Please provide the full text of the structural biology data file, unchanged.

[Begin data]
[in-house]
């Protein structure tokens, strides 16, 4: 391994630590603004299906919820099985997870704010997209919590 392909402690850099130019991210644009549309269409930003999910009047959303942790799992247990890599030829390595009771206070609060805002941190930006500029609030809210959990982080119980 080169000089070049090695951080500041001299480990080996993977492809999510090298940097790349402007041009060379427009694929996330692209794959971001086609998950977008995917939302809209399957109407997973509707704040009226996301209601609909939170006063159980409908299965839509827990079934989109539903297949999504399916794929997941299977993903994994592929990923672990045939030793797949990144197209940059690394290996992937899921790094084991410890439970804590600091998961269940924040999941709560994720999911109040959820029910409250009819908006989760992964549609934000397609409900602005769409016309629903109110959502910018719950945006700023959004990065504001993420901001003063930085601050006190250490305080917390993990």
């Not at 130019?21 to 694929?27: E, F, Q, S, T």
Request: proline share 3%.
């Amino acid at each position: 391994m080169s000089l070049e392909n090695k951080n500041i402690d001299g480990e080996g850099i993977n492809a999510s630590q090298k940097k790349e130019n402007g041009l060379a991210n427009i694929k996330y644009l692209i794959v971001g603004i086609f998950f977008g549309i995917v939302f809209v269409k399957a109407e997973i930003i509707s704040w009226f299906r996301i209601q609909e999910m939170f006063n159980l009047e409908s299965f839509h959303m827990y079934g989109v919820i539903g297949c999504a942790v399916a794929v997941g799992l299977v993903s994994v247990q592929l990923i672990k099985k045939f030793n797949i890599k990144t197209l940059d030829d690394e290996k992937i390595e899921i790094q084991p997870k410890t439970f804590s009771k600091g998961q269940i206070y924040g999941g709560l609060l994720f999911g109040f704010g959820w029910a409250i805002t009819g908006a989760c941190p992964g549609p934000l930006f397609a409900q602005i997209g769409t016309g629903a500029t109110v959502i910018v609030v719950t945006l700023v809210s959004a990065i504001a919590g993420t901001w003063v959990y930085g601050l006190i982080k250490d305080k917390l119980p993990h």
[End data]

[in-house]
């Protein structure tokens, strides 16, 4: 391994630590603004299906919820099985997870704010997209919590 392909402690850099130019991210644009549309269409930003999910009047959303942790799992247990890599030829390595009771206070609060805002941190930006500029609030809210959990982080119980 080169000089070049090695951080500041001299480990080996993977492809999510090298940097790349402007041009060379427009694929996330692209794959971001086609998950977008995917939302809209399957109407997973509707704040009226996301209601609909939170006063159980409908299965839509827990079934989109539903297949999504399916794929997941299977993903994994592929990923672990045939030793797949990144197209940059690394290996992937899921790094084991410890439970804590600091998961269940924040999941709560994720999911109040959820029910409250009819908006989760992964549609934000397609409900602005769409016309629903109110959502910018719950945006700023959004990065504001993420901001003063930085601050006190250490305080917390993990």
């Not at 130019?21 to 694929?27: E, F, Q, S, T």
Request: proline share 3%.
């Amino acid at each position: 391994m080169s000089l070049e392909n090695k951080n500041i402690d001299g480990e080996g850099i993977n492809a999510s630590q090298k940097k790349e130019n402007g041009l060379a991210n427009i694929k996330y644009l692209i794959v971001g603004i086609f998950f977008g549309i995917v939302f809209v269409k399957a109407e997973i930003i509707s704040w009226f299906r996301i209601q609909e999910m939170f006063n159980l009047e409908s299965f839509h959303m827990y079934g989109v919820i539903g297949c999504a942790v399916a794929v997941g799992l299977v993903s994994v247990q592929l990923i672990k099985k045939f030793n797949i890599k990144t197209l940059d030829d690394e290996k992937i390595e899921i790094q084991p997870k410890t439970f804590s009771k600091g998961q269940i206070y924040g999941g709560l609060l994720f999911g109040f704010g959820w029910a409250i805002t009819g908006a989760c941190p992964g549609p934000l930006f397609a409900q602005i997209g769409t016309g629903a500029t109110v959502i910018v609030v719950t945006l700023v809210s959004a990065i504001a919590g993420t901001w003063v959990y930085g601050l006190i982080k250490d305080k917390l119980p993990h």